Does the threshold distribution in polytomous items matter in computer adaptive testing?

Activity: Talk or presentationScience to science


Computer adaptive testing (CAT) contributes to efficiency in measurement by administering the smallest possible number of items while obtaining a predefined level of the standard error of measurement. Since polytomous items provide more information than dichotomous items, they are also suitable for CAT. Information depends on the distribution of thresholds raising the question whether more broadly or more narrowly distributed thresholds are preferable. A series of simulations using CAT software revealed that narrowly distributed thresholds contribute more to measurement precision even at an early stage of CAT provided the items cover a broad range of the continuum and proper targeting is ensured. While broadly distributed thresholds may compensate for small variation in the items’ overall locations, we argue that in the interest of validity and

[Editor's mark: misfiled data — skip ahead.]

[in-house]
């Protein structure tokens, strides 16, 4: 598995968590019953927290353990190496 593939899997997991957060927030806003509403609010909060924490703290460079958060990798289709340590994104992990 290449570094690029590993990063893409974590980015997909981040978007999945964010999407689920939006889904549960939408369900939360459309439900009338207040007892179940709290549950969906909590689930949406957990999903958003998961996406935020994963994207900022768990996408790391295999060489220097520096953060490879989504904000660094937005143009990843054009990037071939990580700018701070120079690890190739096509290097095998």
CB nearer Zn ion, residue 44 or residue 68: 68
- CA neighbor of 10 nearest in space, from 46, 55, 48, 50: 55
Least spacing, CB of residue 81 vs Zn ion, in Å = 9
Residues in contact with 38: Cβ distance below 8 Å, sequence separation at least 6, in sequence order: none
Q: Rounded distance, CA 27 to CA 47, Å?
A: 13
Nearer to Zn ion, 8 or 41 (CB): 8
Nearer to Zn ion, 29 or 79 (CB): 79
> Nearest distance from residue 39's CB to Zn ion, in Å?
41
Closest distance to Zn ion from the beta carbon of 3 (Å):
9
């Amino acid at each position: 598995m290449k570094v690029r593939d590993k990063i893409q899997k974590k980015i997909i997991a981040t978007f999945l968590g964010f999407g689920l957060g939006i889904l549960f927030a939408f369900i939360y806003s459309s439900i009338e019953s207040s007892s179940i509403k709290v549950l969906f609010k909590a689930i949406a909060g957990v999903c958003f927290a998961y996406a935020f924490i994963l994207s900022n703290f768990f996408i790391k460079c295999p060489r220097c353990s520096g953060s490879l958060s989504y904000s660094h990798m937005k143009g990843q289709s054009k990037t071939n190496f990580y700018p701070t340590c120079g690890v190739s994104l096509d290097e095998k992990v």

interpretation more variation in the items is desirable and fine graded, but distinguishable, categories appear to be the best option for CAT and fixed scales.
Period10 Apr 201812 Apr 2018
Event titleIOMW (International Objective Measurement Workshop/Conference)
Event typeUnkonwn
Degree of RecognitionInternational

Austrian Classification of Fields of Science and Technology (ÖFOS)

  • 502019 Marketing
  • 509
  • 303012 Health sciences
  • 502020 Market research
  • 502052 Business administration